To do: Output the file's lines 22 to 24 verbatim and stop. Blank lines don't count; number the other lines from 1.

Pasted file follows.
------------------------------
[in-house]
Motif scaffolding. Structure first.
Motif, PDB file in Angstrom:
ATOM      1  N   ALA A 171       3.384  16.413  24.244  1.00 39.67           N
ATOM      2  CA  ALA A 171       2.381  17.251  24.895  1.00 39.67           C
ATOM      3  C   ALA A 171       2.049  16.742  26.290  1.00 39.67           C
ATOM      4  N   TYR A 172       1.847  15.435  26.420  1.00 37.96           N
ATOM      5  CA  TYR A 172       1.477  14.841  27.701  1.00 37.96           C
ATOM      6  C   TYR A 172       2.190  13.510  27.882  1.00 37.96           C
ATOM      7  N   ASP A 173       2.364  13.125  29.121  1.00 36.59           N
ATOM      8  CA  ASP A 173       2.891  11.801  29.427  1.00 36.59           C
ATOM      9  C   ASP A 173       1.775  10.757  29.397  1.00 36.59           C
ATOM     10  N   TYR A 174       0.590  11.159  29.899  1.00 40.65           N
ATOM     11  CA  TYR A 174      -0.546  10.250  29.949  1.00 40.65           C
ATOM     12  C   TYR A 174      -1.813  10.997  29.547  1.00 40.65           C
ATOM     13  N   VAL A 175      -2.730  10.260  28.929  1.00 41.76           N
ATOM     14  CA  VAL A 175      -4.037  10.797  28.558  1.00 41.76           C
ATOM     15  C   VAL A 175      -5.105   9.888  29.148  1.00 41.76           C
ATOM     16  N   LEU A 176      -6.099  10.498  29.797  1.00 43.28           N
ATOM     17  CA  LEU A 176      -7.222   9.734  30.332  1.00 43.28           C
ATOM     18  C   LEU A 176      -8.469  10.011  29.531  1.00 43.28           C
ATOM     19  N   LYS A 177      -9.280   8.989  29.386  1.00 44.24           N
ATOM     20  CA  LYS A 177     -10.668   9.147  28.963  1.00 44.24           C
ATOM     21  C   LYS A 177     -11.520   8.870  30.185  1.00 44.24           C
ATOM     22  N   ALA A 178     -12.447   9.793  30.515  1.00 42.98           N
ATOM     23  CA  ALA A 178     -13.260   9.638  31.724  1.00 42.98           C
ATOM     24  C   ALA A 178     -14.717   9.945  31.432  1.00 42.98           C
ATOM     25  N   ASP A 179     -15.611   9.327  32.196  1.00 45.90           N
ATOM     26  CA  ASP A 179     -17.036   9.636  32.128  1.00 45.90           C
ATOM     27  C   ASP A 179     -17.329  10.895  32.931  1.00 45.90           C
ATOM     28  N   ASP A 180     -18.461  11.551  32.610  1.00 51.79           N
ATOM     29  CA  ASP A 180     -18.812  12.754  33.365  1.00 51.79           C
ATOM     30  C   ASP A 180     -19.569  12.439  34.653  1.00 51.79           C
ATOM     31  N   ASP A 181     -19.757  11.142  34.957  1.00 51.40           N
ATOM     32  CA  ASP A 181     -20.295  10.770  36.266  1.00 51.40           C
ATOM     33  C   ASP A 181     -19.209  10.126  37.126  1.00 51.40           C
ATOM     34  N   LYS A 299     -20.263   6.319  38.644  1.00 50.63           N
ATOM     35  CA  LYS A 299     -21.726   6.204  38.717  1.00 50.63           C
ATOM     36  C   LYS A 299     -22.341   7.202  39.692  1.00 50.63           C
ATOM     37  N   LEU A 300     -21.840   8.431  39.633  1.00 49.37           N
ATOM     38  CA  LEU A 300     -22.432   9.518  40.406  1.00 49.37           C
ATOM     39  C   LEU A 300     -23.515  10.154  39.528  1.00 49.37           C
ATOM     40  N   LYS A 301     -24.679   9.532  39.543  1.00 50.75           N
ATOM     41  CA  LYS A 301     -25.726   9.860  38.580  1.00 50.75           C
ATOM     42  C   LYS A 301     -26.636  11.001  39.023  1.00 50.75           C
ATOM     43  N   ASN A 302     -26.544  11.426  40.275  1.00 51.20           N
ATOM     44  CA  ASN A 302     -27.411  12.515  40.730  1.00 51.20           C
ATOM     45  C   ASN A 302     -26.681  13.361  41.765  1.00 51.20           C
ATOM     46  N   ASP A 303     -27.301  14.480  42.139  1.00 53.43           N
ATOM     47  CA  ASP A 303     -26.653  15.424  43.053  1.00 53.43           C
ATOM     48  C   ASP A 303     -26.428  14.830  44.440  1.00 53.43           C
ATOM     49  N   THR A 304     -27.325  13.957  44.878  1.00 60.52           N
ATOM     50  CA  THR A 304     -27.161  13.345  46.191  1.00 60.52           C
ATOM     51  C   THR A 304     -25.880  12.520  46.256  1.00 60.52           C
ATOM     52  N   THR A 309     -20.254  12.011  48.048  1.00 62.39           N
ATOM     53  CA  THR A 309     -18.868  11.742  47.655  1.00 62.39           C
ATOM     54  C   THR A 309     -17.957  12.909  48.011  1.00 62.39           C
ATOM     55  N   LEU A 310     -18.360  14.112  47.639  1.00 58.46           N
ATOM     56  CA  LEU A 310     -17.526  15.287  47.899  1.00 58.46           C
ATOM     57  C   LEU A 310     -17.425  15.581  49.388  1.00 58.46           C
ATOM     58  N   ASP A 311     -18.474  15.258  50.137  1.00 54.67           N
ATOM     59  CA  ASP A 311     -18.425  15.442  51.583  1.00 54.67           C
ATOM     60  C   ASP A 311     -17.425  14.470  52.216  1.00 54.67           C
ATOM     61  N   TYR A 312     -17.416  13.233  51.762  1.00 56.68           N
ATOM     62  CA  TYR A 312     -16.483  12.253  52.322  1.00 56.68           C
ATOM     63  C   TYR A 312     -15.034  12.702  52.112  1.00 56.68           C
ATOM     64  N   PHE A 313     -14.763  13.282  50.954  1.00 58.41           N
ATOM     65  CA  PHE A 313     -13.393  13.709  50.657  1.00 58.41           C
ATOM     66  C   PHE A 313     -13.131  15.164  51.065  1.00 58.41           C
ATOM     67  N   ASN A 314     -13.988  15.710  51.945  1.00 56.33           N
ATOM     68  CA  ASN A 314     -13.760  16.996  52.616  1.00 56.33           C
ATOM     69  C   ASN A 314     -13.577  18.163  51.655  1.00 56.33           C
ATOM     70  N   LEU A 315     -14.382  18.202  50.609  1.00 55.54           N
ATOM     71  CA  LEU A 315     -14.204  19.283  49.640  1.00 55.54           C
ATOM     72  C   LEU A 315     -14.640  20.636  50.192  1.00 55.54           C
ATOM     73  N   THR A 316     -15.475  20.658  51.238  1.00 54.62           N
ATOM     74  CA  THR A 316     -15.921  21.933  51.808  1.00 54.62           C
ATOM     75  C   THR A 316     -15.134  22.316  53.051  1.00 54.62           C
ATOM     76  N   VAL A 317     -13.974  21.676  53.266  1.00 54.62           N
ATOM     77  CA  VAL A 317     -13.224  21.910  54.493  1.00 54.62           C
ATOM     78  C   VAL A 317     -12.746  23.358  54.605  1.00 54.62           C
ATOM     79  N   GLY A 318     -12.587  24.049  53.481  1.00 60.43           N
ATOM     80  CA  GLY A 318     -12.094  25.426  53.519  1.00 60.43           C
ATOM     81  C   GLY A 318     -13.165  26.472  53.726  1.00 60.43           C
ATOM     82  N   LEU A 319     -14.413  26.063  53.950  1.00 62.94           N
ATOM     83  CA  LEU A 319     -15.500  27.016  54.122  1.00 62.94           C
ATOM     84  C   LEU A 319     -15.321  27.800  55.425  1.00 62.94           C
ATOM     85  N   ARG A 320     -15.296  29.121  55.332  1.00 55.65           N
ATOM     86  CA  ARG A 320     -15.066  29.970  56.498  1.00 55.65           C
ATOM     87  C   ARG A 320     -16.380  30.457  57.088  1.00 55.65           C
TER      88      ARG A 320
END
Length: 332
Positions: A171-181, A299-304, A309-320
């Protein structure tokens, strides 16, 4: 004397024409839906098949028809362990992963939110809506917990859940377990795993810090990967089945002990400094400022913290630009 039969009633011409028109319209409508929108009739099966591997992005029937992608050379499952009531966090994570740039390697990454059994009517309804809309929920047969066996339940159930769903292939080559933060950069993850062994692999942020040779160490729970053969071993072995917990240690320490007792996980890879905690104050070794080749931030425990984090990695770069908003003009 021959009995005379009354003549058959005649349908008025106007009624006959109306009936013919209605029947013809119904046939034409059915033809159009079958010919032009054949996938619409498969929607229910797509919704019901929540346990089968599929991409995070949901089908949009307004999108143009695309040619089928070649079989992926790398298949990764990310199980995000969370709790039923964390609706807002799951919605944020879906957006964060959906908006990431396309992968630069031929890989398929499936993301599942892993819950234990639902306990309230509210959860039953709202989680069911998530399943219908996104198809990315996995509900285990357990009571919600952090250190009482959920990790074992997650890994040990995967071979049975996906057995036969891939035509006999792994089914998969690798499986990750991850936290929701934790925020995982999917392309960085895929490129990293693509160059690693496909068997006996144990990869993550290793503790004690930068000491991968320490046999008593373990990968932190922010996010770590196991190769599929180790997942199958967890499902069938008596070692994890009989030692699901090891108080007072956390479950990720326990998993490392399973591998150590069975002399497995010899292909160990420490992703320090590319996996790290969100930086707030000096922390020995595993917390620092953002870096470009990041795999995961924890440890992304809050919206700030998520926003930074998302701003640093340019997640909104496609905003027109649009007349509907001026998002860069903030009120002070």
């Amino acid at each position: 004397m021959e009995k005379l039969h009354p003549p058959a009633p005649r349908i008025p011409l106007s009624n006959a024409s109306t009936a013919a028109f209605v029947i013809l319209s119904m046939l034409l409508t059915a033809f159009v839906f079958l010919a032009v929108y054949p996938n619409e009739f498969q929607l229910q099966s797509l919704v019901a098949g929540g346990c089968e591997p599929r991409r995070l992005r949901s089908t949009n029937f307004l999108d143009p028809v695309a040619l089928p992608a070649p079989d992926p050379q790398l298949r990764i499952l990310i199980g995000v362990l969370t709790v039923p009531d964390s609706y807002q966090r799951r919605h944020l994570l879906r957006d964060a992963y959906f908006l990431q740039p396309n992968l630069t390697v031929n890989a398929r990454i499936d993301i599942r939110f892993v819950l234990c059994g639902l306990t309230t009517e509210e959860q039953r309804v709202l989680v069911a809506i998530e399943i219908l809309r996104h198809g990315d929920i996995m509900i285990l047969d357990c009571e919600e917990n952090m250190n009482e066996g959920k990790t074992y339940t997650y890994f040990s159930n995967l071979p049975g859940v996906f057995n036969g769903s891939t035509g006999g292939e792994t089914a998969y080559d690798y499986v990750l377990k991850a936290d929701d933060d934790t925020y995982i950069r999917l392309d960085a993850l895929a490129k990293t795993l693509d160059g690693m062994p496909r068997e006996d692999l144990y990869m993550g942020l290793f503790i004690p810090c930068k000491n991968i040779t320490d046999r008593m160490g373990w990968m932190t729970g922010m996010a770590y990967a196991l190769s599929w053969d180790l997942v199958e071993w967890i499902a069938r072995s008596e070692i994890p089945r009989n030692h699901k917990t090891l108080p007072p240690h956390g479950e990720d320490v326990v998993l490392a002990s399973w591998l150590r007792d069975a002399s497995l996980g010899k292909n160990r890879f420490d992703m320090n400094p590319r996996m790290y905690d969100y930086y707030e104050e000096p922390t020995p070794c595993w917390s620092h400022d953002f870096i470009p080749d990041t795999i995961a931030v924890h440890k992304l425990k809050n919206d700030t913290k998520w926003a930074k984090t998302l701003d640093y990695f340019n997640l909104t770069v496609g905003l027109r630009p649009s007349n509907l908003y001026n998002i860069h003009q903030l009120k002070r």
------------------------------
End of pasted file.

ATOM     19  N   LYS A 177      -9.280   8.989  29.386  1.00 44.24           N
ATOM     20  CA  LYS A 177     -10.668   9.147  28.963  1.00 44.24           C
ATOM     21  C   LYS A 177     -11.520   8.870  30.185  1.00 44.24           C